A longtime police crossing guard known affectionately to the children she served as “Miss Carol” was struck by a tractor trailer and killed Friday morning while on duty in Hempstead, Village officials and police said.
Hempstead Village police and Nassau County police said the circumstances of the tragic accident remain under investigation.
Virginia Leviner, a Hempstead Village police crossing guard for 28 years, would have turned 67 on Wednesday.
“This has been a tragic blow to the entire Village of Hempstead community,” village Mayor Wayne Hall said, adding: “Crossing guards put their lives on the line to protect our children.”
The entire Leviner family was present at a Friday news conference, holding each other in the hallways of Hempstead Village Hall as police shared details.
Hempstead police Chief Michael McGowan said the fatal accident occurred at South Franklin Street and Grove Street about 7:30 a.m. The tractor trailer was headed east on Grove and had turned right onto South Franklin when the rear trailer struck Leviner, who he said was standing in the street but not in the crosswalk, knocking her to the ground.
Preliminary indications, McGowan said, are that Leviner struck her head in a fatal fall.
McGowan said the tractor trailer driver, whose identity was not released, stopped at the scene — and said that a passenger in that truck got out, moving Leviner from the street. Leviner was taken to a hospital, where she was pronounced dead.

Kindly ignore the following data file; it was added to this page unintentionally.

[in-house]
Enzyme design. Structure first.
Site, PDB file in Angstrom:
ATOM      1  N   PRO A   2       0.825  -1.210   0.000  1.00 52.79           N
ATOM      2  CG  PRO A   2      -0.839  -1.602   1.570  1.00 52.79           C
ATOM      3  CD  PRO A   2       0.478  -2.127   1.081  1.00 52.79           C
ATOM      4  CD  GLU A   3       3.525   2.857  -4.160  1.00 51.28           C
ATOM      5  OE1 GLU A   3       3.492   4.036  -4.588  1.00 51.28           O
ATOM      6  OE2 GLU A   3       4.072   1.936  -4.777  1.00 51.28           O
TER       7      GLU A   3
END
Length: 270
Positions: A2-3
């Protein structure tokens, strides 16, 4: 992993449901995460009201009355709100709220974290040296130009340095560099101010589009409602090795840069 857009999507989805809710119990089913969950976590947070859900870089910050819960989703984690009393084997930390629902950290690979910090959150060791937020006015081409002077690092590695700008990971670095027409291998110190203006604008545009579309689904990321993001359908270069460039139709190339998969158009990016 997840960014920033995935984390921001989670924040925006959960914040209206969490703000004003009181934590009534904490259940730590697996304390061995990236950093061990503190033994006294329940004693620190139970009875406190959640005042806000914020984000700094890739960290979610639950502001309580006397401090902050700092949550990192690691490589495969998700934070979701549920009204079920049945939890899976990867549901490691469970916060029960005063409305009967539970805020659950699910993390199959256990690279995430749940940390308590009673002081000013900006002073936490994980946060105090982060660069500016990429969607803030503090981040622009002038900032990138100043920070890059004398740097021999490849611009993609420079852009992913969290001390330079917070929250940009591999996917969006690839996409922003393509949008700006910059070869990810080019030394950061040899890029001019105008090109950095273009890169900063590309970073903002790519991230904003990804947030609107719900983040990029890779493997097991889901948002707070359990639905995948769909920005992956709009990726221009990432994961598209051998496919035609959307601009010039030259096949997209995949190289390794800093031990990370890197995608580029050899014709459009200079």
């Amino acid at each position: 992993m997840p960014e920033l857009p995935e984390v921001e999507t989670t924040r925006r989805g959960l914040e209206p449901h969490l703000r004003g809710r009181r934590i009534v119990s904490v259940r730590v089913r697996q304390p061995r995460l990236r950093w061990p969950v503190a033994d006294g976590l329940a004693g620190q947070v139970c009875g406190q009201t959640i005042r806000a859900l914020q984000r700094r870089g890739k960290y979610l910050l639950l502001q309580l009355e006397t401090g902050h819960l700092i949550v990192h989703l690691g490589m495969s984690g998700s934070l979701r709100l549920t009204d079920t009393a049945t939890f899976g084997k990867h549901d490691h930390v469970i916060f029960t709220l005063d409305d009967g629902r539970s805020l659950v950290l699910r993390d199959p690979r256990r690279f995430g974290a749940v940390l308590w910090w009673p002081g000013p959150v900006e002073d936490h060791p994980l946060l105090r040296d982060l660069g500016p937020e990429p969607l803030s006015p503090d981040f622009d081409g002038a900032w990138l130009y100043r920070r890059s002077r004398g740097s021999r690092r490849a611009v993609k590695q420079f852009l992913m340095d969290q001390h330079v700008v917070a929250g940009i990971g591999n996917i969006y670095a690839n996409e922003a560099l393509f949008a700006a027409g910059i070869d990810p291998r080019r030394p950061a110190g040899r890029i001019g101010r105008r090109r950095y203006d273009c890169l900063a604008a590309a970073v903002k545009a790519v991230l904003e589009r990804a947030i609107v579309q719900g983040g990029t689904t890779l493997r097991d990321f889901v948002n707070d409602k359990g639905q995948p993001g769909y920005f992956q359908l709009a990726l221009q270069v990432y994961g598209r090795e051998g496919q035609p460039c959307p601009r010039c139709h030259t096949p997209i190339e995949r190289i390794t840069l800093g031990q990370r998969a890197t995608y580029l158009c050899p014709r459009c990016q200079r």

The driver has not been charged.
“School crossing guards are in danger,” McGowan said. “Standing in streets and crossing streets is dangerous.”
Leviner was deeply committed to her job, family members said. She worked each morning, no matter the weather, at the same busy intersection, helping children from Grove Elementary School, ABGS Middle School and Hempstead High School cross the street safely.
“There were days I would tell her, ‘Maybe you should sit this one out,’ ” said her husband, Tallie Leviner, 68. “She would say ‘No, no, no, I gotta help my kids.’ ”
She was warm and loving, her husband said. She would often bring home children who had nothing to eat for meals, he said. Those were the qualities that drew him to her after they first met in Brooklyn in 1963. They married a year later, he said.
Tallie Leviner said he spoke to a man who saw what happened. The man told him that Virginia Leviner had spotted a child in danger and she had run to push the child out of the truck’s way, taking the force of the impact herself.
“My mother was a fighter and unfortunately God gave her her last fight,” said Karen Leviner, 49, Leviner’s eldest daughter.
McGowan said the investigation was ongoing and couldn’t confirm whether the story was true. However, it spread rapidly in the neighborhood.
Richard Sams, who lives a few blocks away, said he heard the story from a witness and it didn’t surprise him. Leviner was often seen physically protecting children from making a mistake in the busy intersection.
Sams, 48, has five children at Hempstead schools. He said he last saw Leviner on Friday morning while driving by on his way to drop his kids off at school.
“Three minutes after I rode past here, she got hit. It broke my heart,” he said. “She didn’t care if she died or lived, she wanted her kids safe.”